Tucson Festival of Books: So Worth Not-Sleeping-In For

I've been meaning to post about the Tucson Festival of Books, which was really just awesome all around. I keep putting it off, because there's so much to write about, and I'm lazy and tired and should be doing other things. I have S. here visiting me this weekend, she's asleep in the other room, so I thought I'd squeeze in at least part of what I mean to say about the festival.

I started out at the poetry reading by Alison Hawthorne Deming and Luci Tapahonso (see the original post for more links.)

The wonderful Prof. Deming was my creative nonfiction undergraduate thesis advisor---she encouraged me to throw in a few poems, too. I learned so much from my time working with her, and she's really such a generous teacher and person, not to mention an immensely talented writer. I so enjoyed seeing her read and having the chance to chat for a bit.

She read from her new collection of poems (her fourth), called Rope. It's coming out through Penguin in September 2009. You can download the catalog entry for the book on her website. Here is the description offered there:

Alison Hawthorne Deming's fourth collection of poems follows the paths of imagination into meditations on salt, love, Hurricane Katrina, greek myth, and the search for extraterrestrial life, all linked by the poet’s faith in art as an instrument for creating meaning, beauty, and continuity—virtues diminished by the velocity and violence of our historical moment. The final long poem “The Flight,” inspired by the works of A. r. Ammons, is a twenty-first century epic poised on the verge of our discovering life beyond earth.

Later that afternoon I went to the "Writing Life" panel given by Jason Brown, Manuel Muñoz, Ander Monson and Kevin Canty. At first it looked like it was going to be just me and Prof. Deming (who happened to show up) and one other person in the audience---Canty took a picture of the sad little spectacle. The panel didn't make the general schedule, otherwise I'm sure there would have been plenty of people. Thankfully, a cadre of current UA MFA students and a few others showed up just in time.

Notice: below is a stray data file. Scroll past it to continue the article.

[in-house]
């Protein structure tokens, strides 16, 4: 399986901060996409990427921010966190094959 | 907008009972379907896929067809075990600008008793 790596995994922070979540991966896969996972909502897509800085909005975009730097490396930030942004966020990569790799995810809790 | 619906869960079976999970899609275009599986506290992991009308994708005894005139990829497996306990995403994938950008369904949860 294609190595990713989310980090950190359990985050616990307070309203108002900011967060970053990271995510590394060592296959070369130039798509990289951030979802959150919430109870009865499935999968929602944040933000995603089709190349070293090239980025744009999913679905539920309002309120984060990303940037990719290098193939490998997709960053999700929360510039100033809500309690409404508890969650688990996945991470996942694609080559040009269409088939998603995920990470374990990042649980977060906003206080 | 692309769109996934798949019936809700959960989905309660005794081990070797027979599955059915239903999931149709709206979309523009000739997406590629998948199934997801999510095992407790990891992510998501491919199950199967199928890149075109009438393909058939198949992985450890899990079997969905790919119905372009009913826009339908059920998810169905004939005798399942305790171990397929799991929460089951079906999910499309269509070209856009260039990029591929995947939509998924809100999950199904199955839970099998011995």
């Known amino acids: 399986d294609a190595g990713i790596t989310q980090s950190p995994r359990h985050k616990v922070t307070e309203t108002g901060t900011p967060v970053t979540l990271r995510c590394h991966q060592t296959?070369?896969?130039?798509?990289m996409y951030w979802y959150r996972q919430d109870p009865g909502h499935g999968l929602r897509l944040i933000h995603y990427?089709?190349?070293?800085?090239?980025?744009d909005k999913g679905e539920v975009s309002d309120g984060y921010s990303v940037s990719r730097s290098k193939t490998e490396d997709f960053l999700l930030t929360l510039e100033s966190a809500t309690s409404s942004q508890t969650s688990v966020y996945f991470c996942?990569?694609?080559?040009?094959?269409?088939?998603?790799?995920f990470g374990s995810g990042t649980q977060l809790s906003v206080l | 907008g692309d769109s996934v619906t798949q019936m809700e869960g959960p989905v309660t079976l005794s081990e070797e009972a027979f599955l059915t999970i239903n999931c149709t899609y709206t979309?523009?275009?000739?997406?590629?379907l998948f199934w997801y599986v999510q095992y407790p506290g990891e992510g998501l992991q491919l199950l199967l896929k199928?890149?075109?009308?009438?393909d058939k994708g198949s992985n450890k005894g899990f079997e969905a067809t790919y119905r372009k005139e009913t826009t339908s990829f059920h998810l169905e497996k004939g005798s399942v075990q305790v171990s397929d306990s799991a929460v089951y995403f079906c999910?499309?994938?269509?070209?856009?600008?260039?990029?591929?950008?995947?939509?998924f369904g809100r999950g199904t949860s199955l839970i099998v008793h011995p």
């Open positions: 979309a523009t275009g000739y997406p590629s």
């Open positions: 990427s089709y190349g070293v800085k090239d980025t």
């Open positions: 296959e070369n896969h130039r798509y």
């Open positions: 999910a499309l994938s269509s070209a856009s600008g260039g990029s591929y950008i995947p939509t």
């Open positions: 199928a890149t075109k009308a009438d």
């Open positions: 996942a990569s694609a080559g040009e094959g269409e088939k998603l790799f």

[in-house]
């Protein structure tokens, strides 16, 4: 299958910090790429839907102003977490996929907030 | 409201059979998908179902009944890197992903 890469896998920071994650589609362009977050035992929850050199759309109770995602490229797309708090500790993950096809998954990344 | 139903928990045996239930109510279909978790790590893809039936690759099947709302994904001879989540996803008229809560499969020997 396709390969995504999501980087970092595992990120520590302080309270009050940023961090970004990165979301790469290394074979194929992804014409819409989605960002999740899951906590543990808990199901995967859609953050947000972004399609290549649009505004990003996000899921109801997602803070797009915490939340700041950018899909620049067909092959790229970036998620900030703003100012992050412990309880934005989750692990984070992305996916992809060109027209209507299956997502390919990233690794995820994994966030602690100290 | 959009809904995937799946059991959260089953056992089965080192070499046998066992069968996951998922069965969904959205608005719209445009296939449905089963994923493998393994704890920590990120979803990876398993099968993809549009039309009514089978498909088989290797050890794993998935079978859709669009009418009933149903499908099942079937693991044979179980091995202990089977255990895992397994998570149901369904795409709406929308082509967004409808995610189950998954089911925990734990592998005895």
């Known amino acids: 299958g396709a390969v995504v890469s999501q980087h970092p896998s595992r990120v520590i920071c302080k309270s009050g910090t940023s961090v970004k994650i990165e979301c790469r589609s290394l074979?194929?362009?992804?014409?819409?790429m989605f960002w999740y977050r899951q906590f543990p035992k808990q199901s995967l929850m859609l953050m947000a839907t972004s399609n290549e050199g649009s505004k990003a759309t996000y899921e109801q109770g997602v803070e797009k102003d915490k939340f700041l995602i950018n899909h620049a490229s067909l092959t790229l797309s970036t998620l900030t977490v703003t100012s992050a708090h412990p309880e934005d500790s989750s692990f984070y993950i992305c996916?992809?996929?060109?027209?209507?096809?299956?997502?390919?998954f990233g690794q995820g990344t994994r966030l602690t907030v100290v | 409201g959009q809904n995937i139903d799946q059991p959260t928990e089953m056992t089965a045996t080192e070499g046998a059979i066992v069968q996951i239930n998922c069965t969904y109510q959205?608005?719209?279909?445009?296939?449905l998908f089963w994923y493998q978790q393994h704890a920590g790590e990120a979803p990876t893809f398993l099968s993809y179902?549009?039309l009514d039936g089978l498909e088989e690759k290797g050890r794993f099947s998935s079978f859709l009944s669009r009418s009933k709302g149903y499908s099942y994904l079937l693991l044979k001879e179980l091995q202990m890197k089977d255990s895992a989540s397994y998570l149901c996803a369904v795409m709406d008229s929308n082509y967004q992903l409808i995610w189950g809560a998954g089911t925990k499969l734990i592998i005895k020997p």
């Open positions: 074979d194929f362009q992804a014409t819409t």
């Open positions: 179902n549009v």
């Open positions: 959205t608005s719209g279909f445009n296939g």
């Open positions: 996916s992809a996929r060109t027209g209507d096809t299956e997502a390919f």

Jason Brown mentioned that Aimee Bender once told him she "finds it painful to write," and that she sometimes actually ties her leg to her writing chair for two hours a day, to make sure she can't roam the house finding ways to avoid the writing. I love that.

I was going to just buy one book, I told myself I wouldn't spend more than that (I make $7.50/hr, so one new book = two hours of steaming milk, wiping tables and serving bacon) and I decided on Jason Brown's Why The Devil Chose New England for His Work, since I didn't have one of his books yet, and he's UA fiction faculty and I'm leaving. Long story short, I ended up buying a few.

Okay, I'm running out of time here. I want to jump in the shower before S. wakes up.

I have lots more to write about, but I want to add that Kevin Canty suggested a book for me called Art and Fear (because I asked the panel about writing and fear, and then turned a hot-lobsterish shade of red for the rest of the day---more about this later) and left me a very nice note when he signed my copy of his most recent book of stories, Honeymoon.

Ander Monson (new nonfiction faculty at UA, Wikipedia somehow describes him as "an American novelist, poet, nonfiction writer, and charming douche," no joke) left some encouraging words when he signed his Other Electricities for me, and he added a delightfully cryptic footnote.

Brown thinks Muñoz might "make it big time" (if he hasn't already), and Muñoz talked about how he often composes in his head, a habit he picked up during his no-time-to-write time in a publishing house. I do that too, probably most of us do, don't we? He said the fear never goes away.

Brown told it like it is, in a too-comical-to-be-depressing-really way. "Some people just don't have the stomach for the fear," he said, amongst other things. Gulp?

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